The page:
ATLANTIC CITY — The 33-year-old Atlantic Club Casino Hotel closed at 12:01 a.m. Monday, costing 1,600 people their jobs as the gambling market reaches saturation levels.
The casino opened in December 1980 as the Golden Nugget, then owned by gaming magnate Steve Wynn. It soon became Atlantic City’s top-earning casino, with TV commercials featured Wynn bringing fresh towels to Frank Sinatra, who often performed there.
The casino subsequently went through several owners and re-brandings: The Grand, Bally’s Grand, the Atlantic City Hilton, ACH and finally the Atlantic Club.
Since hedge fund Colony Capital bought the property for around $500 million in 2005, it was a disaster financially, filing for bankruptcy this past fall.
The Garden State legalized online gambling nearly a year ago to help stop the bleeding and prevent casino closures, but apparently it was too little too late for the Atlantic Club.
Colony Capital was at one point prepared to sell it for $15 million to PokerStars, whose one-time chief is under federal indictment and still has not been found suitable to run online poker in New Jersey. The deal collapsed amid vigorous opposition from the American Gaming Association, the U.S. commercial casino industry’s top lobbying group.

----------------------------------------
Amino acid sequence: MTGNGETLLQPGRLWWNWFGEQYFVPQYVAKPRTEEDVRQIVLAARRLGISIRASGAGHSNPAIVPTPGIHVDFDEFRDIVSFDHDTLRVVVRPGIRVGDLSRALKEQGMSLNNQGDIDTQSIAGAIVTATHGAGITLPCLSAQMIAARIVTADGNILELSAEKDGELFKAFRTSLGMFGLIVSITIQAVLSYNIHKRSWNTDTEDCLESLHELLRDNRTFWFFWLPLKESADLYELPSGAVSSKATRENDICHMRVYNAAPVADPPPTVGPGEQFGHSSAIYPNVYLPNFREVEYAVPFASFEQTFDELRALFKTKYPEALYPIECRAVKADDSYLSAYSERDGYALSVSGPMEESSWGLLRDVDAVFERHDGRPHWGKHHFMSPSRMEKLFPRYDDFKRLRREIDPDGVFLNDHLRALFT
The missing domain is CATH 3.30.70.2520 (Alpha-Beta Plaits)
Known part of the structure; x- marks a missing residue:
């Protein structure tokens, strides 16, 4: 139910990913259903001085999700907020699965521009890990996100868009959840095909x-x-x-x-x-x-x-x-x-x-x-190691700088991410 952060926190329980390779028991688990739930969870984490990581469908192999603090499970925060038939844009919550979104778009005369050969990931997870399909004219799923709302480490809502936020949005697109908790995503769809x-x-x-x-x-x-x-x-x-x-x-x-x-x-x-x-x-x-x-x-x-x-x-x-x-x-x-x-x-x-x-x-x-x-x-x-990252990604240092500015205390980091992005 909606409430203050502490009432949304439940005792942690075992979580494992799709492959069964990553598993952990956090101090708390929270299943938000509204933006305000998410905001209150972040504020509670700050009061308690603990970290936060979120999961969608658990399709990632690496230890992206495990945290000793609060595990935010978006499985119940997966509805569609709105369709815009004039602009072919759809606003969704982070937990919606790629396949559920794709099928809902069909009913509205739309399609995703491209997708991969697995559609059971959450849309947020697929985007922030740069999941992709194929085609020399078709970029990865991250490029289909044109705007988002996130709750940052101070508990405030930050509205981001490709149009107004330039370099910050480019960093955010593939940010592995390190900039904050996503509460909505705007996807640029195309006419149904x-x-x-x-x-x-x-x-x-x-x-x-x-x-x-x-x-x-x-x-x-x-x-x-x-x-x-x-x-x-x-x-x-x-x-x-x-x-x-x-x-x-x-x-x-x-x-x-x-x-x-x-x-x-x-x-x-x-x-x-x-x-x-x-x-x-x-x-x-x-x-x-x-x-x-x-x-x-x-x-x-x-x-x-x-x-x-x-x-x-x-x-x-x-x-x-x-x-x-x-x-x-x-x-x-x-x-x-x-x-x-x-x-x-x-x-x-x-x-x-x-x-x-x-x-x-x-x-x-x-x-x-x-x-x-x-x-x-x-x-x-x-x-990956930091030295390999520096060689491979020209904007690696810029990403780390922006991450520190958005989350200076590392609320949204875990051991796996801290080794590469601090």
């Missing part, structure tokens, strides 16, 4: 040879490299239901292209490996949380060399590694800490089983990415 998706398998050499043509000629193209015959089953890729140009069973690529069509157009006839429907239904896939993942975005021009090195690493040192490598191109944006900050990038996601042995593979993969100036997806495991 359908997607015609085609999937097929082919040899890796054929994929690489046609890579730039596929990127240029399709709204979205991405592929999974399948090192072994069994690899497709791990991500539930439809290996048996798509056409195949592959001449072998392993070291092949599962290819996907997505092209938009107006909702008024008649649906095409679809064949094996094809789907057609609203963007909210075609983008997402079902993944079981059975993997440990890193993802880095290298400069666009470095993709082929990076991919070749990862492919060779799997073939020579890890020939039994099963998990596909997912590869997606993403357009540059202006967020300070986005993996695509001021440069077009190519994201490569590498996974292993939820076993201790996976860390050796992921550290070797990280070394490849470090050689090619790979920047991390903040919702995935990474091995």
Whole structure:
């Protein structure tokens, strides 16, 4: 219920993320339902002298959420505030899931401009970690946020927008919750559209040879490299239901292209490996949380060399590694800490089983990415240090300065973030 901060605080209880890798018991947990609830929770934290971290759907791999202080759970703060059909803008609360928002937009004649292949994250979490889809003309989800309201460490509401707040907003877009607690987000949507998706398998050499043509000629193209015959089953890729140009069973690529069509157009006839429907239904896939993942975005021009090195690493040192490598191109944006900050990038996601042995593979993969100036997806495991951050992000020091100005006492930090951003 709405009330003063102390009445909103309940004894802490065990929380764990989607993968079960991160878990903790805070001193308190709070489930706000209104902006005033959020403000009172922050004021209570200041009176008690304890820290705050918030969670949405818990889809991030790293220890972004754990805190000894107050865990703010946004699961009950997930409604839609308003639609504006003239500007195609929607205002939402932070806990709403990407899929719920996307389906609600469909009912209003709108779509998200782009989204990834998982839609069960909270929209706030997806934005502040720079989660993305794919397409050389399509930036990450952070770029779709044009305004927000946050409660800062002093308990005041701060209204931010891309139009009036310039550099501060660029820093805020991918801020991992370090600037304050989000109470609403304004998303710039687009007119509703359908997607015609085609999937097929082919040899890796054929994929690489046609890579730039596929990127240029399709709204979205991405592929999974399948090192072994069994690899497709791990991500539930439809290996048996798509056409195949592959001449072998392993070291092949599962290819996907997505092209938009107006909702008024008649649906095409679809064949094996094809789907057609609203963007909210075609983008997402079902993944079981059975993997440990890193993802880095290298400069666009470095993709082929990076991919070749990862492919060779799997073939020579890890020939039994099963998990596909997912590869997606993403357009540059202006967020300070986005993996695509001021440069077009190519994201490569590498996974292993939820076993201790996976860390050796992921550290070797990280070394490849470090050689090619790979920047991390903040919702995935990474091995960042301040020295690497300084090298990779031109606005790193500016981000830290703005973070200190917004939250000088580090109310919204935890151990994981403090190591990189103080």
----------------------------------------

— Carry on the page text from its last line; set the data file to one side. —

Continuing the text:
This is the latest blow to Atlantic City, which is struggling to rebuild.
According to the casino’s website, any customer holding onto chips or tokens after midnight will have to file a “proof of claim” with the U.S. Bankruptcy Court of New Jersey.
The Atlantic Club shuttering brings the number of A.C. gaming halls down to 11.
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